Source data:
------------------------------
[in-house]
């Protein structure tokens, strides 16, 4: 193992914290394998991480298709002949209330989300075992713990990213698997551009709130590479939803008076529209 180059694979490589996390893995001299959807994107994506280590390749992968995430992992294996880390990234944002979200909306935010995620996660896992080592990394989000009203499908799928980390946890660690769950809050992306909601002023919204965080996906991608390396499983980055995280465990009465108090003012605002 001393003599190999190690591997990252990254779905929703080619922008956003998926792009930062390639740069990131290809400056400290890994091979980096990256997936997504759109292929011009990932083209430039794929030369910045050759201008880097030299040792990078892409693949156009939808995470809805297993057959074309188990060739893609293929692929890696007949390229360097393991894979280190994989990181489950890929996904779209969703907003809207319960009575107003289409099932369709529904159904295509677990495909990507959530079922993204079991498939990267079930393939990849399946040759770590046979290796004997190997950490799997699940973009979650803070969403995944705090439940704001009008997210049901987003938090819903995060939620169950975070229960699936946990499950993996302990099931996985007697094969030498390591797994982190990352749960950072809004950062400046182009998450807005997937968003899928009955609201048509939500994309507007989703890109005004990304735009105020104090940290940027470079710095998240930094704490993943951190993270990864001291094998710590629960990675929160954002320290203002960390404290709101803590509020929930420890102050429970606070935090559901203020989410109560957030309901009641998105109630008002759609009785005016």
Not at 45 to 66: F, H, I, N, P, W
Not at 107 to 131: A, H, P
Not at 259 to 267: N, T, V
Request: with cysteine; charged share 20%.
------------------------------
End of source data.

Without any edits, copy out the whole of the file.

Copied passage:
[in-house]
């Protein structure tokens, strides 16, 4: 193992914290394998991480298709002949209330989300075992713990990213698997551009709130590479939803008076529209 180059694979490589996390893995001299959807994107994506280590390749992968995430992992294996880390990234944002979200909306935010995620996660896992080592990394989000009203499908799928980390946890660690769950809050992306909601002023919204965080996906991608390396499983980055995280465990009465108090003012605002 001393003599190999190690591997990252990254779905929703080619922008956003998926792009930062390639740069990131290809400056400290890994091979980096990256997936997504759109292929011009990932083209430039794929030369910045050759201008880097030299040792990078892409693949156009939808995470809805297993057959074309188990060739893609293929692929890696007949390229360097393991894979280190994989990181489950890929996904779209969703907003809207319960009575107003289409099932369709529904159904295509677990495909990507959530079922993204079991498939990267079930393939990849399946040759770590046979290796004997190997950490799997699940973009979650803070969403995944705090439940704001009008997210049901987003938090819903995060939620169950975070229960699936946990499950993996302990099931996985007697094969030498390591797994982190990352749960950072809004950062400046182009998450807005997937968003899928009955609201048509939500994309507007989703890109005004990304735009105020104090940290940027470079710095998240930094704490993943951190993270990864001291094998710590629960990675929160954002320290203002960390404290709101803590509020929930420890102050429970606070935090559901203020989410109560957030309901009641998105109630008002759609009785005016």
Not at 45 to 66: F, H, I, N, P, W
Not at 107 to 131: A, H, P
Not at 259 to 267: N, T, V
Request: with cysteine; charged share 20%.